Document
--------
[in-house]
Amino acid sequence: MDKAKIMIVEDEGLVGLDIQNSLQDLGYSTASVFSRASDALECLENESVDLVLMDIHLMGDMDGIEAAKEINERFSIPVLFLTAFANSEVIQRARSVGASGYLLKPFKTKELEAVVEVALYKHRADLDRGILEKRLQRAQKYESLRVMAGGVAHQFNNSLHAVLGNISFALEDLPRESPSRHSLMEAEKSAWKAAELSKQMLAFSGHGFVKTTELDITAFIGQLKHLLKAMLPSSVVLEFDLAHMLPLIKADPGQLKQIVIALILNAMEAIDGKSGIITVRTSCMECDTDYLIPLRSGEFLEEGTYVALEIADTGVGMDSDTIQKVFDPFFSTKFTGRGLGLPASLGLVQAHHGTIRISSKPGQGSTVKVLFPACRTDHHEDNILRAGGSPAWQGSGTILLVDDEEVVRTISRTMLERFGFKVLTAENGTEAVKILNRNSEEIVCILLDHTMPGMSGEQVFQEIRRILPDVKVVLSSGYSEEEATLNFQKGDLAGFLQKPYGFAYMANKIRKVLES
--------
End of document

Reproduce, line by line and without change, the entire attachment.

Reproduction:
[in-house]
Amino acid sequence: MDKAKIMIVEDEGLVGLDIQNSLQDLGYSTASVFSRASDALECLENESVDLVLMDIHLMGDMDGIEAAKEINERFSIPVLFLTAFANSEVIQRARSVGASGYLLKPFKTKELEAVVEVALYKHRADLDRGILEKRLQRAQKYESLRVMAGGVAHQFNNSLHAVLGNISFALEDLPRESPSRHSLMEAEKSAWKAAELSKQMLAFSGHGFVKTTELDITAFIGQLKHLLKAMLPSSVVLEFDLAHMLPLIKADPGQLKQIVIALILNAMEAIDGKSGIITVRTSCMECDTDYLIPLRSGEFLEEGTYVALEIADTGVGMDSDTIQKVFDPFFSTKFTGRGLGLPASLGLVQAHHGTIRISSKPGQGSTVKVLFPACRTDHHEDNILRAGGSPAWQGSGTILLVDDEEVVRTISRTMLERFGFKVLTAENGTEAVKILNRNSEEIVCILLDHTMPGMSGEQVFQEIRRILPDVKVVLSSGYSEEEATLNFQKGDLAGFLQKPYGFAYMANKIRKVLES